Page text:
1

I use Ubuntu 16.04 (xenial) via WSL.

I copy this code

#!/bin/bash
read -p "Have you created db credentials already?" yn
case $yn in
    [Yy]* ) break;;
    [Nn]* ) exit;;
esac

When I paste it in Ubuntu I get only part of it:

read -p "Have you created db credentials already?" yn
Have you created db credentials already?

Why when it is pasted, it is pasted partially?

Update

I copy the code from GitHub, when the case conditions are indented with tabs and when the code is without a line break in the last line (no extra empty note after the last line).

  • Can't understand why this was down voted. – JohnDoea Nov 18 '18 at 6:02
  • This usage is incorrect. Use shell script file instead of copying and pasting into terminal. – Alvin Liang Nov 18 '18 at 19:28
  • @AlvinLiang I see no reason why it's necessarily incorrect, I have good experience with copy-pasting (when I find it elegant) or executing a script directly from GitHub without downloading it with git which is even more elegant: askubuntu.com/questions/992448/… but yes, indeed the usual way is to download a program with git and execute locally, it's just not something I want to do here. – JohnDoea Nov 18 '18 at 22:41
  • 1
    It's incorrect because paste is an input behavior, and read -p expects user input. Even if it does not stop your paste the behavior will not be correct. – Alvin Liang Nov 19 '18 at 2:09
  • 1
    @AlvinLiang seems what you write indicated it can only be run as part of a script and not as a command-set pasted in the terminal. This should be an answer IMO. – JohnDoea Nov 19 '18 at 2:11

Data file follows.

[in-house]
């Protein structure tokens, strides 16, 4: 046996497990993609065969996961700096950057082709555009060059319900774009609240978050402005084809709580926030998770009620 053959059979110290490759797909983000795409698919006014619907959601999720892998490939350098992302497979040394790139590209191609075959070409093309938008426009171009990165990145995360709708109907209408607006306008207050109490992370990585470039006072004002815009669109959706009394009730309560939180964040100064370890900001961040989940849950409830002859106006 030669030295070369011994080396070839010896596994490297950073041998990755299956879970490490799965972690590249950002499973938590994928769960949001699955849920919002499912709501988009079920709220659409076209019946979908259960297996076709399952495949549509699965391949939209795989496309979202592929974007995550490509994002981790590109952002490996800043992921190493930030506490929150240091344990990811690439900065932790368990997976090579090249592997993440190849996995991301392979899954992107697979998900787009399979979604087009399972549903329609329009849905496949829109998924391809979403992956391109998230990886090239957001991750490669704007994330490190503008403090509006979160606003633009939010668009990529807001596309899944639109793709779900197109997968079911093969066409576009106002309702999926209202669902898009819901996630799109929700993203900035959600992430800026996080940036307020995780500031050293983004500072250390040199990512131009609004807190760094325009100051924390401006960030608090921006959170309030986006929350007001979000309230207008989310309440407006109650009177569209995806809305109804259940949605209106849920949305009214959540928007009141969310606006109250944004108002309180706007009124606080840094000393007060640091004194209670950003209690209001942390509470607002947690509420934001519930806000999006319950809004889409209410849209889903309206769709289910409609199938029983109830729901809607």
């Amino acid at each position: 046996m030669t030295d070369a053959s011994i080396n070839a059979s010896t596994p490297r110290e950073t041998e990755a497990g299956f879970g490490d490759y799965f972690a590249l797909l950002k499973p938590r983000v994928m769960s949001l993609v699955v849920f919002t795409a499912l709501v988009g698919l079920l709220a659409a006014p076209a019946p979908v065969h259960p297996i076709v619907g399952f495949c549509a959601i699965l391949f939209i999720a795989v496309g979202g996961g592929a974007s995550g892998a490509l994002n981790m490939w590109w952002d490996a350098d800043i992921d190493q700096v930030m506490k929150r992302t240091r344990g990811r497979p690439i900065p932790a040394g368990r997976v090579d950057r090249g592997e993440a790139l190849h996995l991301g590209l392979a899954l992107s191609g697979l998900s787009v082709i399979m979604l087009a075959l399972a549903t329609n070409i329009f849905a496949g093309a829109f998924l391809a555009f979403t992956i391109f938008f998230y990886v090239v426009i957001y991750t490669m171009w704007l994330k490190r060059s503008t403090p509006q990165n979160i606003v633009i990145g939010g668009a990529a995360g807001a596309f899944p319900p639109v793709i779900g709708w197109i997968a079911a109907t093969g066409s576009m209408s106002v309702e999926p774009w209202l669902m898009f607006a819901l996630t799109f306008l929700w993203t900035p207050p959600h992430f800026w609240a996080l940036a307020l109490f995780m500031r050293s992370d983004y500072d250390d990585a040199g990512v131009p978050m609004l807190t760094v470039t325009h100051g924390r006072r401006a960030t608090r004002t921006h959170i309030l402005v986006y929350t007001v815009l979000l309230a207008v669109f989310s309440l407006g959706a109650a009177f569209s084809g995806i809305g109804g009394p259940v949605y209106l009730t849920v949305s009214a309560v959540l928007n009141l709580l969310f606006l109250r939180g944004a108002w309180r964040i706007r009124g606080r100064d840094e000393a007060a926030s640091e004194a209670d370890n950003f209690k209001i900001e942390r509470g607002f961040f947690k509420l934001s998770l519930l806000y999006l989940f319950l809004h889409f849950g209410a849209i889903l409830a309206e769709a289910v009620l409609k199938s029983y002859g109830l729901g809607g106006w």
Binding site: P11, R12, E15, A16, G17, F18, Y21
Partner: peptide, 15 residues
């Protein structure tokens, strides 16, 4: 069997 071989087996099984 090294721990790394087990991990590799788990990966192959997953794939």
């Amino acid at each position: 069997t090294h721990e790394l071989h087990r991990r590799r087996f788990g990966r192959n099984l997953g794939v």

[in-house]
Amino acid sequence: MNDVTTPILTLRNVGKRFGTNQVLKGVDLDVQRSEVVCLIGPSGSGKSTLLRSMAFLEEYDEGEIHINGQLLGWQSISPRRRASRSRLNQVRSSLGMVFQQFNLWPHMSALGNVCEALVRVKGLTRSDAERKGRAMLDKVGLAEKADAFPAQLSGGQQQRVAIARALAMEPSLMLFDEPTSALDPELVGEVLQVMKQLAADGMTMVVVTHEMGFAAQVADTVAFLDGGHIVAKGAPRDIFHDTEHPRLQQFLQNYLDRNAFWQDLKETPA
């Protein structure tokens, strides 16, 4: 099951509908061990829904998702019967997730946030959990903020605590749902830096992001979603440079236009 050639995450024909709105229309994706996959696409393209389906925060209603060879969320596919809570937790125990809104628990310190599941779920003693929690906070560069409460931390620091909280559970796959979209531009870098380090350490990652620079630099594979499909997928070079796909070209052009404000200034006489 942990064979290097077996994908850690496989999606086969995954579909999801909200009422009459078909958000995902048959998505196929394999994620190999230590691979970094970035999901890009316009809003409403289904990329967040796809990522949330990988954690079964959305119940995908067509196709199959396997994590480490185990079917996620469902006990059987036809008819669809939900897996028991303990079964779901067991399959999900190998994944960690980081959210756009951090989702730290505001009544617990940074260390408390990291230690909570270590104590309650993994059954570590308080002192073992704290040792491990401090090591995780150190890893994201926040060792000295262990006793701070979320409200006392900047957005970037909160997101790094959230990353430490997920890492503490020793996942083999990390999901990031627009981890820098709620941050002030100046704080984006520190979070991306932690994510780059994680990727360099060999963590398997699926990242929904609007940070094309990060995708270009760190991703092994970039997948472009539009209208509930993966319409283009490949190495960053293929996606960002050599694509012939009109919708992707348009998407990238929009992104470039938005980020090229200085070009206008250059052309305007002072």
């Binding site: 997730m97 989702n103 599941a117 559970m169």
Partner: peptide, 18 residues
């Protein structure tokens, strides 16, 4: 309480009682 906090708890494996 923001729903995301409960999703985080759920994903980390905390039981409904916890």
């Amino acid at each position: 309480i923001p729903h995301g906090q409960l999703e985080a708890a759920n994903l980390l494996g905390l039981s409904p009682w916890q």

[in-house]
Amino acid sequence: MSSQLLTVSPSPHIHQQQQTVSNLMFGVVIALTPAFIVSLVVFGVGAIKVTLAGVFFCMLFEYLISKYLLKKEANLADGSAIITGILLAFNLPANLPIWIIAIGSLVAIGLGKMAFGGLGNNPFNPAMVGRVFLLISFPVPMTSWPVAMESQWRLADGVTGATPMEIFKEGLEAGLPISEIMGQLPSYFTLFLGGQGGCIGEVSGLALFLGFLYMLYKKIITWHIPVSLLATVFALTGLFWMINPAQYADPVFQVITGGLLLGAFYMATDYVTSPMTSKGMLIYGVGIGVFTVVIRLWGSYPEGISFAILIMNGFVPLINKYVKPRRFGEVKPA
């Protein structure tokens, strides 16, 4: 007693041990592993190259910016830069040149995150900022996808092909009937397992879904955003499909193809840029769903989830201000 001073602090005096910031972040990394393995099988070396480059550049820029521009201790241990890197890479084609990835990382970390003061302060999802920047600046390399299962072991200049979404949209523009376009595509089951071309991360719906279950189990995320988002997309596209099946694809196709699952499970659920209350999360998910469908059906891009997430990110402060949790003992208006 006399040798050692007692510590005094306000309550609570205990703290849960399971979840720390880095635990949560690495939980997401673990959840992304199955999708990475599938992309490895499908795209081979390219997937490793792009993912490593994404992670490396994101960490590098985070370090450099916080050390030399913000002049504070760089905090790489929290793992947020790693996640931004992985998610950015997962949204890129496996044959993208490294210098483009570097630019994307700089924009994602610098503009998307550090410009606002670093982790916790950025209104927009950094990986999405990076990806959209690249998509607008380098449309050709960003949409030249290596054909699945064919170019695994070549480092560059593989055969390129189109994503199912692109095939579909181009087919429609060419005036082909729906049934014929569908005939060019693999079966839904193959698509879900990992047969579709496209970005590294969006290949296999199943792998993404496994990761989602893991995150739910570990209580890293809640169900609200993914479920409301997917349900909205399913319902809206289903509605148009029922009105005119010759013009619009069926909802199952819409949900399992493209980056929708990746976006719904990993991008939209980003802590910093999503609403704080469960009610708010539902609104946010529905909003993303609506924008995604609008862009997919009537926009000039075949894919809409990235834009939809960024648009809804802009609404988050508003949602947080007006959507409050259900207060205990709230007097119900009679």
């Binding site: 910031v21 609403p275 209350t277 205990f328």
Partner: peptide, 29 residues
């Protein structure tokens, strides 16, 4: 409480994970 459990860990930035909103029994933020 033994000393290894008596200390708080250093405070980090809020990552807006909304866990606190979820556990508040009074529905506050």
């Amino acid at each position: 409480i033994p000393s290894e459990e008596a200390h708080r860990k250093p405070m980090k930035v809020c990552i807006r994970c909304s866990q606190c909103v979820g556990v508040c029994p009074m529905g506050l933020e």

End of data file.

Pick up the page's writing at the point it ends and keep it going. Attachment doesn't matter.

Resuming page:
3

As soon as "read -p" line is invoked, terminal clears your original paste buffer because it's expecting meaningful user input, and you cannot just paste it into terminal like this.

If you don't feel like creating a script file, press ctrl-x and then ctrl-e in the terminal, it will bring up the default editor. Paste it into the editor, save and exit, dash will run you script correctly from a temp file.

  • The correct default behavior: after press ctrl+x and then ctrl+e, the nano editor should be brought up. Paste you script in to the nano editor and save/exit, dash will run the script. – Alvin Liang Nov 19 '18 at 2:59
  • nano does bring nano up. Anyway, I created x.sh with the code and executed the file. Hitting N executed break but hitting Y brought an error; x.sh: line 4: break: only meaningful in a for', while', or until' loop`. Do you have an idea why? – JohnDoea Nov 19 '18 at 3:11
  • 1
    This is correct response, because your break command is meaningless here. You don't need to add break in every switch option like in C. – Alvin Liang Nov 19 '18 at 3:15

Your Answer

By clicking "Post Your Answer", you acknowledge that you have read our updated terms of service, privacy policy and cookie policy, and that your continued use of the website is subject to these policies.

Not the answer you're looking for? Browse other questions tagged or ask your own question.